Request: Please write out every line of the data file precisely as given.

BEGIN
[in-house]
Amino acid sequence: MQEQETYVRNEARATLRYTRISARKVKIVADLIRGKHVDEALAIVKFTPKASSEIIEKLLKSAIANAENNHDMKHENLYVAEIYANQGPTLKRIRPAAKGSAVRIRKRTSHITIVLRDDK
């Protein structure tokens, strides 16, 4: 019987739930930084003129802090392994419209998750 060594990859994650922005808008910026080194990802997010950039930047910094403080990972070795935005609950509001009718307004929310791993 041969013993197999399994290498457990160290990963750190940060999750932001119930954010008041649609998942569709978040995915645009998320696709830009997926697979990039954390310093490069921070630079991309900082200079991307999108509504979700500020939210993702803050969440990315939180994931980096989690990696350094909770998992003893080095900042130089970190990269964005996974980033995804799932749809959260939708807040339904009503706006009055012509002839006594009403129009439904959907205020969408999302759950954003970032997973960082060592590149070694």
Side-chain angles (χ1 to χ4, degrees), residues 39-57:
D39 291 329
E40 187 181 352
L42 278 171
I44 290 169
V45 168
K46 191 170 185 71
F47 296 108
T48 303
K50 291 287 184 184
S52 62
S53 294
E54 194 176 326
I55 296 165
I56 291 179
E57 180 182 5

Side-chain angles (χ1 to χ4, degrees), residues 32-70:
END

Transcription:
[in-house]
Amino acid sequence: MQEQETYVRNEARATLRYTRISARKVKIVADLIRGKHVDEALAIVKFTPKASSEIIEKLLKSAIANAENNHDMKHENLYVAEIYANQGPTLKRIRPAAKGSAVRIRKRTSHITIVLRDDK
């Protein structure tokens, strides 16, 4: 019987739930930084003129802090392994419209998750 060594990859994650922005808008910026080194990802997010950039930047910094403080990972070795935005609950509001009718307004929310791993 041969013993197999399994290498457990160290990963750190940060999750932001119930954010008041649609998942569709978040995915645009998320696709830009997926697979990039954390310093490069921070630079991309900082200079991307999108509504979700500020939210993702803050969440990315939180994931980096989690990696350094909770998992003893080095900042130089970190990269964005996974980033995804799932749809959260939708807040339904009503706006009055012509002839006594009403129009439904959907205020969408999302759950954003970032997973960082060592590149070694």
Side-chain angles (χ1 to χ4, degrees), residues 39-57:
D39 291 329
E40 187 181 352
L42 278 171
I44 290 169
V45 168
K46 191 170 185 71
F47 296 108
T48 303
K50 291 287 184 184
S52 62
S53 294
E54 194 176 326
I55 296 165
I56 291 179
E57 180 182 5

Side-chain angles (χ1 to χ4, degrees), residues 32-70: